The difficulty with the series from a design aspect (from my dumbass perspective) is that the first game was balanced extremely well. You can only go fast with good knowledge of the layouts plus skill in building and controlling Sonic's momentum. When a player has both of these downpat - it's straight up cool to watch. But it takes significant investment to get there.

    It's not trivial to add anything to the base rules without upsetting this, even the tiniest bit.
    Bla bla bla, whatever.


    Yeah, nudges like this would be really neat - especially if the time travel was immediate / more like DeLorean the Hedgehonk. Hopping around the timeline should be really gratifying.

    One small detail I always appreciated is that traveling to the past is actually more difficult - since all the badniks are in tip-top shape. Head to the bad future and they're all neglected and busted up. So I think there was some intention of dynamically changing assets like this, but it just wasn't expanded upon. I can't really blame the team though, it's hella expensive.


    Edit : ...thinking about it more, what if the time travel was instantaneous only after you got all the time stones? So it'd work more like Super Sonic where you could just warp on the spot (maybe with a ring penalty). Then you could block out the stages so a new game+ playthrough with the time stones actually was a whole second quest. It could even be built into some greater narrative or whatever.

    Little Planet was the moon from Majora's Mask all along.
     
    Last edited: May 10, 2020
  9. SystemsReady

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    Given that it was originally planned to be immediate...
     
  10. Vanishing Vision

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    Instant time travel with the music switching to the same moment in the past/future song would be unbelievably cool.
     
  11. Pengi

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    Ohshima has said he'd like the Sonic CD iOS team to do a director's cut version without the time travel loading sequence. If the Whitehead version of Sonic CD is ever ported to Switch or PS4 or included in a new compilation or something, I really hope that's something they take the time to implement.
     
  12. Rudie Radio Waves

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    I guess so, but "fast" is kind of pushing it. I get that in Classic Sonic games you have to replay the levels a lot to get better, it's fine, but CD often just plonks rocks, spikes, spring and whatnot in order to straight up halt your momentum, whereas the other Sonic games (barring 95% of Sonic 1 :0 ), and even CD in some areas, slow you down organically.
    Also, if you want to get the good ending and you're not time traveling, you're playing the Special Stages, which are sucky and bad. >:[
     
  13. Master Emerald

    Master Emerald

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    Well they might be weird but if you accept Sonic 2 special stages you have no right to complain about Sonic CD's, though.

    Seriously, Sonic 2 Special Stages are very, VERY unfair compared to the others.
     
    Last edited: May 11, 2020
  14. ICEknight

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    Last edited: May 12, 2020
  15. Rudie Radio Waves

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    I completely agree. I hate those. Pitting CD's Special Stages vs 2's, the formers absolutely come out on top.
     
  16. DarthDub

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    I thought that was only a thing in 0.2 prototype/later? unless I'm thinking of something else..
     
  17. Palas

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    On the flipside, I do believe the ring system is the responsible for Sonic being as fun to play as it is even if you're not speeding through the stages. Exactly because you don't have to be good in a very specific way in order to beat the stages, you can develop your own playstyle and try out new moves. Often, players can just throw themselves off a cliff just to see what happens and the game, because of its life system, won't make you feel exactly judged for it: if you died, you can always collect rings before hand and try again. So all parts of a stage end up mattering in a way that's unique to your playthrough and that's what makes any exploration truly organic.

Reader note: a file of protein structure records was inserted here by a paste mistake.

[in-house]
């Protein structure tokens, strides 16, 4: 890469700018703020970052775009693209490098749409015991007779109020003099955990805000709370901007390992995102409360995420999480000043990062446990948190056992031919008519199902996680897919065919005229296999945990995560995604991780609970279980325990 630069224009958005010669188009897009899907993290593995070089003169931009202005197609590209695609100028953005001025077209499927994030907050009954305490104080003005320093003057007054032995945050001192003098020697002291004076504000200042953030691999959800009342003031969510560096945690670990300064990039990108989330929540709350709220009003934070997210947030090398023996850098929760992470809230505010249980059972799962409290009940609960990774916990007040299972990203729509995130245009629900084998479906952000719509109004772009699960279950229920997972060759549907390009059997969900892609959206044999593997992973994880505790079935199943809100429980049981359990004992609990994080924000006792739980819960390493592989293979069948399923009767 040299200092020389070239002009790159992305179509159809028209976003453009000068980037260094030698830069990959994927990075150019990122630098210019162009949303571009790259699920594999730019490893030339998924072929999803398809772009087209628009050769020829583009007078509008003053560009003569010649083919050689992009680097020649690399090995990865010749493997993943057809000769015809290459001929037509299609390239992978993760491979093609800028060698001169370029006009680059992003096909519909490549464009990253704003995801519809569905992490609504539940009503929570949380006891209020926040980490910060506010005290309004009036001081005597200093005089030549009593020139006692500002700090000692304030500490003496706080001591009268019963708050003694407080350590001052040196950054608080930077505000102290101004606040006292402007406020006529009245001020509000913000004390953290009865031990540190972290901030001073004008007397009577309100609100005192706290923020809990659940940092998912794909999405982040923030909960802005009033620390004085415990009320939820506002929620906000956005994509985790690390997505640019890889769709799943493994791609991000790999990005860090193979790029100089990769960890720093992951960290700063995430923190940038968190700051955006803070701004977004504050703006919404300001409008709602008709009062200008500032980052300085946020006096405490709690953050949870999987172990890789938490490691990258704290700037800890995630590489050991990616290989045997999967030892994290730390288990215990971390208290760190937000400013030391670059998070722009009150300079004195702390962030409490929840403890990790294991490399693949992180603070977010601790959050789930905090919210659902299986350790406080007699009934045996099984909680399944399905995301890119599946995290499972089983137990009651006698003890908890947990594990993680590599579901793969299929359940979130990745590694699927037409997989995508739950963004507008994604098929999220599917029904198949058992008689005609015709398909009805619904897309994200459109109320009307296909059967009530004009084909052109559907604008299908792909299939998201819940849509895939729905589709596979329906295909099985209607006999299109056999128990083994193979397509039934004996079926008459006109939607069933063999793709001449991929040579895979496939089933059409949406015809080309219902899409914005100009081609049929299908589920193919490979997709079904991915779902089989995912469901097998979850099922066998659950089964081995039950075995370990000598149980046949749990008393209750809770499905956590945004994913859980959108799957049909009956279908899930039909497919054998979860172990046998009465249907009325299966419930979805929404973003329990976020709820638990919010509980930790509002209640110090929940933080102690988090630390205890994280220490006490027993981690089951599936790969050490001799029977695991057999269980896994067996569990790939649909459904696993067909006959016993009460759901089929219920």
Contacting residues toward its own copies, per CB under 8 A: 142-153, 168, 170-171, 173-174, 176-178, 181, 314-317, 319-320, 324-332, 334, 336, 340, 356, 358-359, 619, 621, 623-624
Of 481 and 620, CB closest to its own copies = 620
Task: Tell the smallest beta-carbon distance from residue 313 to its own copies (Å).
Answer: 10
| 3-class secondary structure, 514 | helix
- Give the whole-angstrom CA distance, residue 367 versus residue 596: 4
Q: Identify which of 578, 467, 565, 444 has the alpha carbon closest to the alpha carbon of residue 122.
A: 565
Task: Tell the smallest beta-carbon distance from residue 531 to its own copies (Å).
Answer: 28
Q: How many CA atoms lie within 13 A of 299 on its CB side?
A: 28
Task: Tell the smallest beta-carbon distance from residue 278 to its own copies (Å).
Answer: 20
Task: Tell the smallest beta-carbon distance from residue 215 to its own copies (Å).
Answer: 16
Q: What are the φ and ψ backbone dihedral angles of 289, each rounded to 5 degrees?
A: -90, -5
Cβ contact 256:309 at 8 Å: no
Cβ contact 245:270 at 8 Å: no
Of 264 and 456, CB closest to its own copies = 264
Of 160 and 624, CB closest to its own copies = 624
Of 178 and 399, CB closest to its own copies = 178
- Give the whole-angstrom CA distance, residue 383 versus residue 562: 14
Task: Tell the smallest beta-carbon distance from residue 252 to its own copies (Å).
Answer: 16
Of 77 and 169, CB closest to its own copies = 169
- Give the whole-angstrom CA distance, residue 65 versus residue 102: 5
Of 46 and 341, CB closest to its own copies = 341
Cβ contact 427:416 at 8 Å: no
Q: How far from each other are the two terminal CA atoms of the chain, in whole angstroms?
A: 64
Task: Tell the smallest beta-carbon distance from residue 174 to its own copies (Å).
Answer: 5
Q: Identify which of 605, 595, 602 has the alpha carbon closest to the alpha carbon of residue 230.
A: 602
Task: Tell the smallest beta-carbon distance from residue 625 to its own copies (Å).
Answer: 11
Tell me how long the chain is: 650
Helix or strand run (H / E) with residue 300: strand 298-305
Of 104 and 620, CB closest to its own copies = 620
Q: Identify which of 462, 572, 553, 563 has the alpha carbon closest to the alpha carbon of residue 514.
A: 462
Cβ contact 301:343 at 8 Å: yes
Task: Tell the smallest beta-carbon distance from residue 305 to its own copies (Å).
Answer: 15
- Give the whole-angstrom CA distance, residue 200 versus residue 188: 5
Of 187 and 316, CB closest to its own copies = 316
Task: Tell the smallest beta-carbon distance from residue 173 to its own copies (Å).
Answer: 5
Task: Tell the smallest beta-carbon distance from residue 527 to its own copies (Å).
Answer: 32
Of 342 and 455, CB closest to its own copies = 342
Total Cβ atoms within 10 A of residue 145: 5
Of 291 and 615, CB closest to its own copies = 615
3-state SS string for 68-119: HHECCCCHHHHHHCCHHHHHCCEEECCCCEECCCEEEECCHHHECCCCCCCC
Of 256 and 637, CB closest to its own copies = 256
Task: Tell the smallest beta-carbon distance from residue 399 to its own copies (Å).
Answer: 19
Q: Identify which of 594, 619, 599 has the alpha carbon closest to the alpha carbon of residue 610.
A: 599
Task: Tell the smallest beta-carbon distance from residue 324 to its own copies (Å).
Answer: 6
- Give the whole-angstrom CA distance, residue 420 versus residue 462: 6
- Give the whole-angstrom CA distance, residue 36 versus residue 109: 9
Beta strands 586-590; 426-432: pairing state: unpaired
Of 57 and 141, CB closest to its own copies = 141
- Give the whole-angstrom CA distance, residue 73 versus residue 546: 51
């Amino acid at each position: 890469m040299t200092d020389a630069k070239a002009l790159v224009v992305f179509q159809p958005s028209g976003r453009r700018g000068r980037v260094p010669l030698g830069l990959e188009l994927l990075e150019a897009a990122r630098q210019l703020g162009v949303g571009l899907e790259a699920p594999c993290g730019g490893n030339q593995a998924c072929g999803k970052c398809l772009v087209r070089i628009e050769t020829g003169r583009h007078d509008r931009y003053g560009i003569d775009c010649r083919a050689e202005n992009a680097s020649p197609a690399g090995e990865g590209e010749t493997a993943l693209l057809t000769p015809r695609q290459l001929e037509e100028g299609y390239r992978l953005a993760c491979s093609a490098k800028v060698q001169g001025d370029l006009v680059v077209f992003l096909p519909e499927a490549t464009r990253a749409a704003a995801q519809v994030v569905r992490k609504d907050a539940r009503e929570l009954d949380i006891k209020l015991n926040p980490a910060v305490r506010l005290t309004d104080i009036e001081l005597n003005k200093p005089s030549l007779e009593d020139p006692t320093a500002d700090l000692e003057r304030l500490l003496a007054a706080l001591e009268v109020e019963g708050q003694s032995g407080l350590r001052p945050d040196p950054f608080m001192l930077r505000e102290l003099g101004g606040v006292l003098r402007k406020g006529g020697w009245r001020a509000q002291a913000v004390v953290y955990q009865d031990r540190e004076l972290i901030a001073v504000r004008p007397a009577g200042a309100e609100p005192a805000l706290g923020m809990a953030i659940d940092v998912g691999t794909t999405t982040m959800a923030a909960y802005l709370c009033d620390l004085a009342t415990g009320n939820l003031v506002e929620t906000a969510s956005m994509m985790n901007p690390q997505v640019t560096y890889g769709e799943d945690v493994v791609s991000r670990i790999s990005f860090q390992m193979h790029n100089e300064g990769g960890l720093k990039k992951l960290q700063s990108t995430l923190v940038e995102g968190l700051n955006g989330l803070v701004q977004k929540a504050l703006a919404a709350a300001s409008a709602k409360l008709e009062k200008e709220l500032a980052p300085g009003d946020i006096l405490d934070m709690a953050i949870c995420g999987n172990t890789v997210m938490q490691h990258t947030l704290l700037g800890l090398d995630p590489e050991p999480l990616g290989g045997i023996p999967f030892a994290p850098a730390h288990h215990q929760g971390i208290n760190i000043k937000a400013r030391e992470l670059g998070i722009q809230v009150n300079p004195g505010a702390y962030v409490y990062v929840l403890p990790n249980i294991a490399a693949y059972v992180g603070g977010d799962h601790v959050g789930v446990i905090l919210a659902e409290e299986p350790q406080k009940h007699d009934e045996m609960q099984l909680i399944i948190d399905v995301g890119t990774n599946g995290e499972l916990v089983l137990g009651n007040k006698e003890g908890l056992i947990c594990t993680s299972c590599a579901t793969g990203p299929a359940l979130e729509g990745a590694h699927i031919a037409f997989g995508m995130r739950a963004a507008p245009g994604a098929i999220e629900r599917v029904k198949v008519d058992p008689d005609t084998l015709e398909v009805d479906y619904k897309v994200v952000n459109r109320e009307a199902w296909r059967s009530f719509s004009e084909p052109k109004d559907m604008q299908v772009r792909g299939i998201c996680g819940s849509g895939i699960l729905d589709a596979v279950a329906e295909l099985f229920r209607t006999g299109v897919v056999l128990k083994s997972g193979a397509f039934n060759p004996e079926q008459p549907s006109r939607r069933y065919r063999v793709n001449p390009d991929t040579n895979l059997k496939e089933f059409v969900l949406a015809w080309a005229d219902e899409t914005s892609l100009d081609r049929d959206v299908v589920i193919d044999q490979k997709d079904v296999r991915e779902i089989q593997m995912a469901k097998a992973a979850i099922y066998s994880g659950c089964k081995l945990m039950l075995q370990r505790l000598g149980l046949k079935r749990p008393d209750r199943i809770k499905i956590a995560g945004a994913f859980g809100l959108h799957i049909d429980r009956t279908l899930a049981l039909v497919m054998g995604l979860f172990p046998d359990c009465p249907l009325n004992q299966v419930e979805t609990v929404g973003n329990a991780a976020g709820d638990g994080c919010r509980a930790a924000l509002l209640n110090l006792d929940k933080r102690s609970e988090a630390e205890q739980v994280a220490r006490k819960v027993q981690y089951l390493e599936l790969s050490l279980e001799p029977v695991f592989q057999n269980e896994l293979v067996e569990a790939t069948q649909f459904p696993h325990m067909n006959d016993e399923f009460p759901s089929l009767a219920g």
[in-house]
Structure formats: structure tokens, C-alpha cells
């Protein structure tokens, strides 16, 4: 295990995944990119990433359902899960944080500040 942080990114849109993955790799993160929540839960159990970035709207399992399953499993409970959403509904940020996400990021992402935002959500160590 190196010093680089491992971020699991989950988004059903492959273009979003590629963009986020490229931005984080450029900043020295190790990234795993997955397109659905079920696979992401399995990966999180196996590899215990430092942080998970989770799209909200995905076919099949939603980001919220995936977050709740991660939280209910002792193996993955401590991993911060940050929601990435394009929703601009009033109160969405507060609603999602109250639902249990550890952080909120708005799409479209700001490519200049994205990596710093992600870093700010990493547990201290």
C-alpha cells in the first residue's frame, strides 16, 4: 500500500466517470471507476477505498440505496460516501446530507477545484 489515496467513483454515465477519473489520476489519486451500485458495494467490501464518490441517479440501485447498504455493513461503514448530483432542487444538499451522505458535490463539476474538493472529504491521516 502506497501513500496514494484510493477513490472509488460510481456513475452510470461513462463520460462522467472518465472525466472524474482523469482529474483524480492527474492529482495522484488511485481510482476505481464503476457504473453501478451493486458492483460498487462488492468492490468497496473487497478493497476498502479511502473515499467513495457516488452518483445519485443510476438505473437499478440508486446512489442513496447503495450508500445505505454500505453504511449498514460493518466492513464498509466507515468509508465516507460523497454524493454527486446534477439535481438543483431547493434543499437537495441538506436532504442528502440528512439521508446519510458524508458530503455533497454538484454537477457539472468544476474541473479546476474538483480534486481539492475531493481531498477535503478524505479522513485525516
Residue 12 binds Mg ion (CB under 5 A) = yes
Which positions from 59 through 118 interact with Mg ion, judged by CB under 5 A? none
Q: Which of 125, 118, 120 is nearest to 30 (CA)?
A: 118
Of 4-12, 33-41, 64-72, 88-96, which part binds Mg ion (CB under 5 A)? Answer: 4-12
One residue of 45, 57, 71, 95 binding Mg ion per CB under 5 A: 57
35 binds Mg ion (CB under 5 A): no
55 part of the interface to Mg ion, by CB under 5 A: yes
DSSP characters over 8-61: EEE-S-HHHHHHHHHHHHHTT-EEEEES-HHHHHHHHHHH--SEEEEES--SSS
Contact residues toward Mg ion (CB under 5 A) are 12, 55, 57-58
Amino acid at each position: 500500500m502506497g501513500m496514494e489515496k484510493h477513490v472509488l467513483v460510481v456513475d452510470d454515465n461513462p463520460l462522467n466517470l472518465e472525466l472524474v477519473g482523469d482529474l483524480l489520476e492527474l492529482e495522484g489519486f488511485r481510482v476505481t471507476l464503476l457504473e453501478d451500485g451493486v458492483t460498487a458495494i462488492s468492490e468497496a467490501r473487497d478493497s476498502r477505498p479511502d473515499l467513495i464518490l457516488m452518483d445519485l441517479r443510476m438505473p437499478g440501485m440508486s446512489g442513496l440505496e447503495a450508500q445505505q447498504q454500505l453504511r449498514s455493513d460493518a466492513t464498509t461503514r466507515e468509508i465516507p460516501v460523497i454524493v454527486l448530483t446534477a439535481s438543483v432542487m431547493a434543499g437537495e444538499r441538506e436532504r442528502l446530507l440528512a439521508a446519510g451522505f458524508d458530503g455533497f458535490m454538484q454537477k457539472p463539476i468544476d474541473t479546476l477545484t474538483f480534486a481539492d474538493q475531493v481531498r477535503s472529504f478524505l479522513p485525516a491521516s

The fact that classic Sonic games in general -- and Sonic CD in particular -- don't feel like puzzles to be solved is what makes them great. But it's a tradition that was lost to time because it could never evolve. The same happened to most SEGA games. Nowadays they're considered weird because they more or less ceased to make an impact on what is considered good game design. But that's bullshit anyway.
     
  18. TailChao

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    I always thought the little unused loops for each stage's music were for a shorter travel sequence like this, but they couldn't rig it within the development schedule or such. They prefix all the stage tracks fairly well, and are just long enough for the laser to drag its ass across the disc.
     
  19. Frostav

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    The problem is this only works under the mindset of, like, a six year old in 1992 who got a Genesis for their birthday, has like, one other game, and has the free time to just dick around for hours each day learning the game because they don't have anything else.

    Modern gamers do not approach games like this. I have talked with a lot of these "Sonic was never good people" and when I point out that yes, you are supposed to suck at first, yes, you are supposed to just mess around and have fun, yes, you are supposed to replay it over and over again, they metaphorically look at me like I'm insane. They don't merely reject that philsophy, they act like said philosophy is so fundamentally absurd and baffling that I'm speaking Latin to them.
     
  20. Palas

    Palas

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    But this is hardly a problem. It's just the way it is, the reality of how we play games is different. The mentality of preparing for a whole week in order to play a game with your friends at an arcade, searching for hidden clues in foreign magazines etc. and thus being almost some sort of a theorist before being a player, can't exist nowadays. But still - old Mario or even Zelda games are also hard, but they have a different, hands-on approach that thrived and evolved and are now the absolute standard.

    We can speculate for days what an evolved form of Sonic's philosophy would be, but nevertheless there is merit in it.